Standards for public agencies

2020 Edition

Risk Prevention and Management (PA-RPM) 5: Security of Information

Electronic and printed information is protected against intentional and unintentional destruction or modification and unauthorized disclosure or use.


The standards in this section address security of all types of paper and electronic information maintained by the organization, unless otherwise noted, including:
  1. case records and other information of persons served;
  2. administrative, financial, and risk management records and reports;
  3. personnel files and other human resource records; and
  4. performance and quality improvement data and reports.
2020 Edition




Proactive, comprehensive, and systematic risk prevention and management practices sustain the agency’s ability to positively impact the communities and people it serves by reducing its risk, loss, and liability exposure.
Full Implementation, Outstanding Performance
A rating of (1) indicates that the agency's practices fully meet the standard and reflect a high level of capacity.  
  • All elements or requirements outlined in the standard are evident in practice, with rare or no exceptions: exceptions do not impact service quality or agency performance.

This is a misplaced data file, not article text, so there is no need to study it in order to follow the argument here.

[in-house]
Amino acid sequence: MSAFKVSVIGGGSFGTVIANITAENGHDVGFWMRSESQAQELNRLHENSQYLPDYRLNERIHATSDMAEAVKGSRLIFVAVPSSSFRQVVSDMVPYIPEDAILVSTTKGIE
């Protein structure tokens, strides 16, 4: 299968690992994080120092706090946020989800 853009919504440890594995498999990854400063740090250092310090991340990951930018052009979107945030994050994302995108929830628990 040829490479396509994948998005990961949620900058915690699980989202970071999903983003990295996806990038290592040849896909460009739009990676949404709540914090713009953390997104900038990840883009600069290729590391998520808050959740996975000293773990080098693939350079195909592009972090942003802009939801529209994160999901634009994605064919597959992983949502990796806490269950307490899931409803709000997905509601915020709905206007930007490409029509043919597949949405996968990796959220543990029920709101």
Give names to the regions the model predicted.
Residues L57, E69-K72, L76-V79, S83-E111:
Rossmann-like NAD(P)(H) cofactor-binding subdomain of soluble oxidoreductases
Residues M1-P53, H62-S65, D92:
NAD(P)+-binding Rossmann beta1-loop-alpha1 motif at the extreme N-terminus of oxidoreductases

Substantial Implementation, Good Performance
A rating of (2) indicates that an agency's infrastructure and practices are basically sound but there is room for improvement.
  • The majority of the standards requirements have been met and the basic framework required by the standard has been implemented. 
  • Minor inconsistencies and not yet fully developed practices are noted; however, these do not significantly impact service quality or agency performance.

Partial Implementation, Concerning Performance
A rating of (3) indicates that the agency's observed infrastructure and/or practices require significant improvement.  

  • The agency has not implemented the basic framework of the standard but instead has in place only part of this framework.  
  • Omissions or exceptions to the practices outlined in the standard occur regularly, or practices are implemented in a cursory or haphazard manner.  
  • Service quality or agency functioning may be compromised.  
  • Capacity is at a basic level.
Unsatisfactory Implementation or Performance
A rating of (4) indicates that implementation of the standard is minimal or there is no evidence of implementation at all.  
  • The agency’s observed administration and management infrastructure and practices are weak or non-existent; or show signs of neglect, stagnation, or deterioration.
Self-Study EvidenceOn-Site EvidenceOn-Site Activities